Investigators probing Kushner’s contacts with Israeli officials over bid to stop UN anti-settlement vote


Jared Kushner, left, meeting with Prime Minister Benjamin Netanyahu in Tel Aviv, Israel, Aug. 24, 2017. (Amos Ben Gershom/GPO)

(JTA) — U.S. special counsel Robert Mueller’s investigators are questioning Jared Kushner’s contacts with Israeli officials during the presidential transition over a United Nations resolution that condemned Israeli settlement construction.

The investigators have asked witnesses about the involvement of Kushner, a senior White House adviser and the Jewish son-in-law of President Donald Trump, in discussions with foreign leaders in an attempt to block the UN Security Council resolution which passed 14-0 on Dec. 23, 2016, the Wall Street Journal reported late Tuesday. The United States withheld its veto and abstained from voting on the resolution, which called Israeli settlements “a flagrant violation of international law” that damage the prospects of a two-state solution to the Israeli-Palestinian conflict.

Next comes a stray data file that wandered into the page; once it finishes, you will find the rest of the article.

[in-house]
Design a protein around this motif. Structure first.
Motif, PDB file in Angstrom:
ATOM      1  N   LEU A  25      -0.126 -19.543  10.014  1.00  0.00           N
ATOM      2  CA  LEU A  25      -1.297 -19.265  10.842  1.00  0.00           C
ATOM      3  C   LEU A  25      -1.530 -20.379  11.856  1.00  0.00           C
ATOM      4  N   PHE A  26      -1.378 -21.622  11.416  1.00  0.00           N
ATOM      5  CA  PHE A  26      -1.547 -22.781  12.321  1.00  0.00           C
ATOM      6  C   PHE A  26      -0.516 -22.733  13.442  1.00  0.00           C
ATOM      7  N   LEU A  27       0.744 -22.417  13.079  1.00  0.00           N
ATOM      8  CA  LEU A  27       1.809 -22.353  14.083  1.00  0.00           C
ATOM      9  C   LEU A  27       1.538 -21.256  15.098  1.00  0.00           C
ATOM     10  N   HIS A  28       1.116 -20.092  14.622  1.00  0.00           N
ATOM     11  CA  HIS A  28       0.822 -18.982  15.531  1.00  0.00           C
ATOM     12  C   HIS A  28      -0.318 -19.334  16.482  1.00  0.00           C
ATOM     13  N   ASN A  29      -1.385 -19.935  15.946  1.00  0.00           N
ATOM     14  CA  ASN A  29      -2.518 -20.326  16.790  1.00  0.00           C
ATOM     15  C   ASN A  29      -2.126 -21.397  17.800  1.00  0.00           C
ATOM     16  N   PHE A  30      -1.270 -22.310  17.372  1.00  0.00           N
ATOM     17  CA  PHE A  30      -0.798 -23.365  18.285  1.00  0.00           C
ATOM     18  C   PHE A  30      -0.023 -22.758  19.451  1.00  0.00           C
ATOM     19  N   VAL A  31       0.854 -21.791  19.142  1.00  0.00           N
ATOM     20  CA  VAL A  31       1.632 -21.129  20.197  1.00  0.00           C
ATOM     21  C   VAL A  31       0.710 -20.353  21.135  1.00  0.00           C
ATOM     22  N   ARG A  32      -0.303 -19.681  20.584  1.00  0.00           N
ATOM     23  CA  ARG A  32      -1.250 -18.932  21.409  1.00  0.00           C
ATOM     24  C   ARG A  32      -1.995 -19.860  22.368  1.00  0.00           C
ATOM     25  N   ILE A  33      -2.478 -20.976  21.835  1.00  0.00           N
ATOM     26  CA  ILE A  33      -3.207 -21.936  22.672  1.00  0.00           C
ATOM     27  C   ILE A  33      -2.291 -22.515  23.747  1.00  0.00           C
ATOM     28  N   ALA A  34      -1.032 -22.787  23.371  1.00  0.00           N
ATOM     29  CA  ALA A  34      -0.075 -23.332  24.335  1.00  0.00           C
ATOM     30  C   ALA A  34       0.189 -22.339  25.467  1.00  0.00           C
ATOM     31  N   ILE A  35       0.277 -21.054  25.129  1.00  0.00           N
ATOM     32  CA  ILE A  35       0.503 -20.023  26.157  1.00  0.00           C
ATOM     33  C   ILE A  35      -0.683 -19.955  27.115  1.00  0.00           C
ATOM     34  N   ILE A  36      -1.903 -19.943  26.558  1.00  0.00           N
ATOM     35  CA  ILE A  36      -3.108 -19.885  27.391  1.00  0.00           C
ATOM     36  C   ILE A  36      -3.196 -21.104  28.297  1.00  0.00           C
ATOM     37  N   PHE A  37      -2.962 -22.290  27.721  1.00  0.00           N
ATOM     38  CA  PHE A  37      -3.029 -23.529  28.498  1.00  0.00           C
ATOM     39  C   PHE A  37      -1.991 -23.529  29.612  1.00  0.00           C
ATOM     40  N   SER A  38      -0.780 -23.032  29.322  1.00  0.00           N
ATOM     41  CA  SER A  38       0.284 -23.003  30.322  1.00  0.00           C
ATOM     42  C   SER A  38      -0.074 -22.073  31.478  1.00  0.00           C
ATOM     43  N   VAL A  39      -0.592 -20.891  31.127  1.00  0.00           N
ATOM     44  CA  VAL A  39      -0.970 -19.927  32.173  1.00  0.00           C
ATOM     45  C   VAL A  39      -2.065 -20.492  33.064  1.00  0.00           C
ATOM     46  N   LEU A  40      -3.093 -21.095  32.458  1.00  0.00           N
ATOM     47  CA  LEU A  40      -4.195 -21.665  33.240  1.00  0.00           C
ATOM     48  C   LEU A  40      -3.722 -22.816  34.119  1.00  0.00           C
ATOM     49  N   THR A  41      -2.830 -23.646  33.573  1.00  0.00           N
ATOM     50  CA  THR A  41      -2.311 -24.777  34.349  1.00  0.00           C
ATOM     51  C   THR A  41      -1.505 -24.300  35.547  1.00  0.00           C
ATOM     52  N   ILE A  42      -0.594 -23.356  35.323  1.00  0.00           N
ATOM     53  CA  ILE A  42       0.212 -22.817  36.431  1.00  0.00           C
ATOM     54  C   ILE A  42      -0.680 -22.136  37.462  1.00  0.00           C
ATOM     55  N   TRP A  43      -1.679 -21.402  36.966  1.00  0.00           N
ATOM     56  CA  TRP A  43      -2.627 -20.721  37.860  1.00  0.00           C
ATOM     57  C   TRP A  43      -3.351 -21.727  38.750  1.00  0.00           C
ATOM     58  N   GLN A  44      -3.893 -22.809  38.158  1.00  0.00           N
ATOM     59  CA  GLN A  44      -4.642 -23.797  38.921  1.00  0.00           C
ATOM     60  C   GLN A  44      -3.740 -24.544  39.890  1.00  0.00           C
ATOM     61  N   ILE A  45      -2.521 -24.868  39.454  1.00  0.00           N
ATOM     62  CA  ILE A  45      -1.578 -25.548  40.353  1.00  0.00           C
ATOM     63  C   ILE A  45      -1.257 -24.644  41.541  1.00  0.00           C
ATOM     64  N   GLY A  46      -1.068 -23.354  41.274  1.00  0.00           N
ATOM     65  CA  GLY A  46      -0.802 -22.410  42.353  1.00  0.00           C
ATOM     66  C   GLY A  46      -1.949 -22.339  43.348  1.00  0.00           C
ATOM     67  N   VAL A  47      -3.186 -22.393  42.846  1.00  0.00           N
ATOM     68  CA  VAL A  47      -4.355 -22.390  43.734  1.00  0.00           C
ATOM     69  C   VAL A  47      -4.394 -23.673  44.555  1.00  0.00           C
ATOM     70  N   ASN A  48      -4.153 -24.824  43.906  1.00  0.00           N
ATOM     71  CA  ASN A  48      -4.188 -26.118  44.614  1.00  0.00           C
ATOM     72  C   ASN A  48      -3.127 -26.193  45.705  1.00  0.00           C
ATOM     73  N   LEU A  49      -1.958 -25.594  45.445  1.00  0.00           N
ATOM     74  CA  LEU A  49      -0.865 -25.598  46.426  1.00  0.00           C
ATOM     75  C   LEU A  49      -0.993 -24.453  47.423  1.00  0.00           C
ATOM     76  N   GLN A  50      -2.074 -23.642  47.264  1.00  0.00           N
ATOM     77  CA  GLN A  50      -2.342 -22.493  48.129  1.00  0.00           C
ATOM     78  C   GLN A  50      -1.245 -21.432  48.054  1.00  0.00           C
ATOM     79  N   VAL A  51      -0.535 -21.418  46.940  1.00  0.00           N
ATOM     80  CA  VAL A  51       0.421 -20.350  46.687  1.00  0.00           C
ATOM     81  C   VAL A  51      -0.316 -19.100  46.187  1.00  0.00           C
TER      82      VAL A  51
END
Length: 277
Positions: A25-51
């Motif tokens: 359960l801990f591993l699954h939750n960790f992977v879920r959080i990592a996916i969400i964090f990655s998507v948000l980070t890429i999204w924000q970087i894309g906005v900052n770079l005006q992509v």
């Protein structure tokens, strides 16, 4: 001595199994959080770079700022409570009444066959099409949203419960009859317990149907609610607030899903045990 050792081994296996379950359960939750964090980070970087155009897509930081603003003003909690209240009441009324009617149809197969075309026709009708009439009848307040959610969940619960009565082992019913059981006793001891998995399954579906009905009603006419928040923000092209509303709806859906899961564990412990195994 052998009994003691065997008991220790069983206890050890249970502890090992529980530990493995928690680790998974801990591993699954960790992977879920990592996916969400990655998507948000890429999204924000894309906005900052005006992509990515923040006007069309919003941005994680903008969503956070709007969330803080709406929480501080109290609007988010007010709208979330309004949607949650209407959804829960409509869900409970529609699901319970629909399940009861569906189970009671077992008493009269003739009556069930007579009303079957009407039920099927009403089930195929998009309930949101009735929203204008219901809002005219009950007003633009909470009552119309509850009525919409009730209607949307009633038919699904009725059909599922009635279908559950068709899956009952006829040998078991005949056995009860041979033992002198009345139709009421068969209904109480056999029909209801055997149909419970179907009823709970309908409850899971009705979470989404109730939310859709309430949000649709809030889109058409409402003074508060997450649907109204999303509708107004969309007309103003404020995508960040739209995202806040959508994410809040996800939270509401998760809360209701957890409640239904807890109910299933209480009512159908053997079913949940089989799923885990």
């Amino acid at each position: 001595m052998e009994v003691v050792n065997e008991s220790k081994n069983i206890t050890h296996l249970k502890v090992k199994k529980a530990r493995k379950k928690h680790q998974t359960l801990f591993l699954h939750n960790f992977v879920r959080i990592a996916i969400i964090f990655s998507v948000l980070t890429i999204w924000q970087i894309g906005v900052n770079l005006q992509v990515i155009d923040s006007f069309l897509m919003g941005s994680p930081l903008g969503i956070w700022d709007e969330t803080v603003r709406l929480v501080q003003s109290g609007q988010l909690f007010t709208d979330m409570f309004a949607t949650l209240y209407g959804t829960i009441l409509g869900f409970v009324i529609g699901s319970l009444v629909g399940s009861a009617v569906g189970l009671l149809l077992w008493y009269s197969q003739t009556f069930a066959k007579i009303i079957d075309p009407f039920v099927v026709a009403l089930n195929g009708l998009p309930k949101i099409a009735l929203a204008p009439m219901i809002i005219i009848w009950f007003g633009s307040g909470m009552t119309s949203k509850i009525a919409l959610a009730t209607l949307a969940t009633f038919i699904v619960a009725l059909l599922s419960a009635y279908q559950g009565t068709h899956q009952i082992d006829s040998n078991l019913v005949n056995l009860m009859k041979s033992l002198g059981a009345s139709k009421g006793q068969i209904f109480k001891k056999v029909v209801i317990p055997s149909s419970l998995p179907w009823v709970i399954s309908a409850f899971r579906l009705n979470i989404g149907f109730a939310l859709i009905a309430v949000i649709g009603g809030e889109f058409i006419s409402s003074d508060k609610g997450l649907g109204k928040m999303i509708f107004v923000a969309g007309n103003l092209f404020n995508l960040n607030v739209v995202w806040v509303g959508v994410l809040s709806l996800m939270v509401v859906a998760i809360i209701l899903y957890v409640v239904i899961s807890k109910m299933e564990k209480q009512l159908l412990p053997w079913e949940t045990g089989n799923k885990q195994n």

The questions have come as part of Mueller’s probe of Russia’s alleged meddling in the 2016 U.S. presidential elections.

Israeli officials had asked the incoming Trump administration to intervene to help block the Security Council’s late December vote, according to the Wall Street Journal.

Trump discussed the resolution in a phone call with Egyptian President Abdel Fattah Al Sisi, whose government had drafted a version of the resolution, according to the Journal. Following the conversation Egypt called for the vote to be delayed, but the resolution passed a day later.

Israeli officials reached out to Trump transition leaders such as Kushner, as well as chief strategist Steve Bannon, to stop the resolution, the Journal reported citing unnamed people briefed on the discussions.

The sources said that Mueller’s investigators have asked about Kushner’s role in arranging meetings or communication with foreign leaders during the transition, part of his broad mandate to examine issues that come up during the Russia investigation, according to the Journal.

Kushner is being investigated for omitting foreign contacts from his application to obtain a security clearance. He has since updated the form to include more than 100 contacts with more than 20 countries, according to the newspaper, and has not yet received his security clearance.

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